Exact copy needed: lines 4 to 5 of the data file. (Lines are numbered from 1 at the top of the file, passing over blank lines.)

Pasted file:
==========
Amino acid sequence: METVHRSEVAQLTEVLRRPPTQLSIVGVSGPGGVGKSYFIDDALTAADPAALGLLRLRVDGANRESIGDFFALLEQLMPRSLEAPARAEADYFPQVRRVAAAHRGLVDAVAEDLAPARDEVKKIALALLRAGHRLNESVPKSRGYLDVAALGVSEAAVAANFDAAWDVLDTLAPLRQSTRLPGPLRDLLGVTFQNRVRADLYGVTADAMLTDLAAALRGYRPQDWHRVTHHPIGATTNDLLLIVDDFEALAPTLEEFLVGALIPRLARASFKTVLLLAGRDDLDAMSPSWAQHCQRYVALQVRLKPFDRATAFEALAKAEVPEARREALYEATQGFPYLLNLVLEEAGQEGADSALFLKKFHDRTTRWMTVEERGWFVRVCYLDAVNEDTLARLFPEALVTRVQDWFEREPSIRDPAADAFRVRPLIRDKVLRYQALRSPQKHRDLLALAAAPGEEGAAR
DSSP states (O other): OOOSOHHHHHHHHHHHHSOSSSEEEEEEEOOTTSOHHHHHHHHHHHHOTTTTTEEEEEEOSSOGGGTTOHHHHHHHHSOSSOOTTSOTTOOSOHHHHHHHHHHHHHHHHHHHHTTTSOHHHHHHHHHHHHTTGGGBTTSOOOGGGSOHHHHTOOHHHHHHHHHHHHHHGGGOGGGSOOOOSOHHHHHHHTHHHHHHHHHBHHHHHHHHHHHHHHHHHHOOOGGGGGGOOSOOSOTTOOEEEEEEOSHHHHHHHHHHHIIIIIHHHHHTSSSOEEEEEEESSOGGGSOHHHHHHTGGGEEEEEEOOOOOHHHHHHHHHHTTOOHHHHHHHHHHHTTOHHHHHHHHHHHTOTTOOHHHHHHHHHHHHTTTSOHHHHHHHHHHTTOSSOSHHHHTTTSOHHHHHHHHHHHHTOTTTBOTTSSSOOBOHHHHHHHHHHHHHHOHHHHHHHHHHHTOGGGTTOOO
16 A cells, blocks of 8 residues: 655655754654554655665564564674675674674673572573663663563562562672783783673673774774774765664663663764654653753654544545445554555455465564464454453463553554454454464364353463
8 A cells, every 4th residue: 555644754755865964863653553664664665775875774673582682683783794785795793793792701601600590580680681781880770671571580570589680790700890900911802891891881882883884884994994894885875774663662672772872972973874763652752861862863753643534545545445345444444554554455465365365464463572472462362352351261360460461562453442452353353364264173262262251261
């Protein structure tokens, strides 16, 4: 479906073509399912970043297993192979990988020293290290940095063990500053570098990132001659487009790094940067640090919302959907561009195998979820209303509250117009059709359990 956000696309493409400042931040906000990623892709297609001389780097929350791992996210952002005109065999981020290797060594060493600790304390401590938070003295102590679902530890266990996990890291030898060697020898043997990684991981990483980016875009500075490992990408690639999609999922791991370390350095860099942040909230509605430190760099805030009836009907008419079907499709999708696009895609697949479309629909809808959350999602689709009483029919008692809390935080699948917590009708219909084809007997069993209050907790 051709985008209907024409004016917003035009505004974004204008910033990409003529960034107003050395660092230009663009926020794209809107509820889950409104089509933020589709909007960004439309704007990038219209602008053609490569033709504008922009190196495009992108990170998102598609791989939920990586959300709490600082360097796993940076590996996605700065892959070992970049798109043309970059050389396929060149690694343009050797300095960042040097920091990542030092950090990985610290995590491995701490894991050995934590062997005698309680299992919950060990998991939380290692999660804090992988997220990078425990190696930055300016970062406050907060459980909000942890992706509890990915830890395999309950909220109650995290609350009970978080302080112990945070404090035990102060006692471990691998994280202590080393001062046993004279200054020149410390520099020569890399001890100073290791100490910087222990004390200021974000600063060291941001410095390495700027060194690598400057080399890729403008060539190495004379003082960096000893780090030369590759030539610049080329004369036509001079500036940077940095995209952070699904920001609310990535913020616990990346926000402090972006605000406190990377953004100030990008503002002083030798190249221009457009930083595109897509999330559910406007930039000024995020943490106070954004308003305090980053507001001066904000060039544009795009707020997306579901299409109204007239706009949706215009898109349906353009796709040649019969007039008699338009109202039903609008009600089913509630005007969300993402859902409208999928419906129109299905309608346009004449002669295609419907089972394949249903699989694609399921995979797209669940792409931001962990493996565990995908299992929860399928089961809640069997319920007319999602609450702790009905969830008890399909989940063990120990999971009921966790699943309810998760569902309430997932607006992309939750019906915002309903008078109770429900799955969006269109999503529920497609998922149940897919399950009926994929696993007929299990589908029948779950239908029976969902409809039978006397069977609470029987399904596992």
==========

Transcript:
8 A cells, every 4th residue: 555644754755865964863653553664664665775875774673582682683783794785795793793792701601600590580680681781880770671571580570589680790700890900911802891891881882883884884994994894885875774663662672772872972973874763652752861862863753643534545545445345444444554554455465365365464463572472462362352351261360460461562453442452353353364264173262262251261
């Protein structure tokens, strides 16, 4: 479906073509399912970043297993192979990988020293290290940095063990500053570098990132001659487009790094940067640090919302959907561009195998979820209303509250117009059709359990 956000696309493409400042931040906000990623892709297609001389780097929350791992996210952002005109065999981020290797060594060493600790304390401590938070003295102590679902530890266990996990890291030898060697020898043997990684991981990483980016875009500075490992990408690639999609999922791991370390350095860099942040909230509605430190760099805030009836009907008419079907499709999708696009895609697949479309629909809808959350999602689709009483029919008692809390935080699948917590009708219909084809007997069993209050907790 051709985008209907024409004016917003035009505004974004204008910033990409003529960034107003050395660092230009663009926020794209809107509820889950409104089509933020589709909007960004439309704007990038219209602008053609490569033709504008922009190196495009992108990170998102598609791989939920990586959300709490600082360097796993940076590996996605700065892959070992970049798109043309970059050389396929060149690694343009050797300095960042040097920091990542030092950090990985610290995590491995701490894991050995934590062997005698309680299992919950060990998991939380290692999660804090992988997220990078425990190696930055300016970062406050907060459980909000942890992706509890990915830890395999309950909220109650995290609350009970978080302080112990945070404090035990102060006692471990691998994280202590080393001062046993004279200054020149410390520099020569890399001890100073290791100490910087222990004390200021974000600063060291941001410095390495700027060194690598400057080399890729403008060539190495004379003082960096000893780090030369590759030539610049080329004369036509001079500036940077940095995209952070699904920001609310990535913020616990990346926000402090972006605000406190990377953004100030990008503002002083030798190249221009457009930083595109897509999330559910406007930039000024995020943490106070954004308003305090980053507001001066904000060039544009795009707020997306579901299409109204007239706009949706215009898109349906353009796709040649019969007039008699338009109202039903609008009600089913509630005007969300993402859902409208999928419906129109299905309608346009004449002669295609419907089972394949249903699989694609399921995979797209669940792409931001962990493996565990995908299992929860399928089961809640069997319920007319999602609450702790009905969830008890399909989940063990120990999971009921966790699943309810998760569902309430997932607006992309939750019906915002309903008078109770429900799955969006269109999503529920497609998922149940897919399950009926994929696993007929299990589908029948779950239908029976969902409809039978006397069977609470029987399904596992």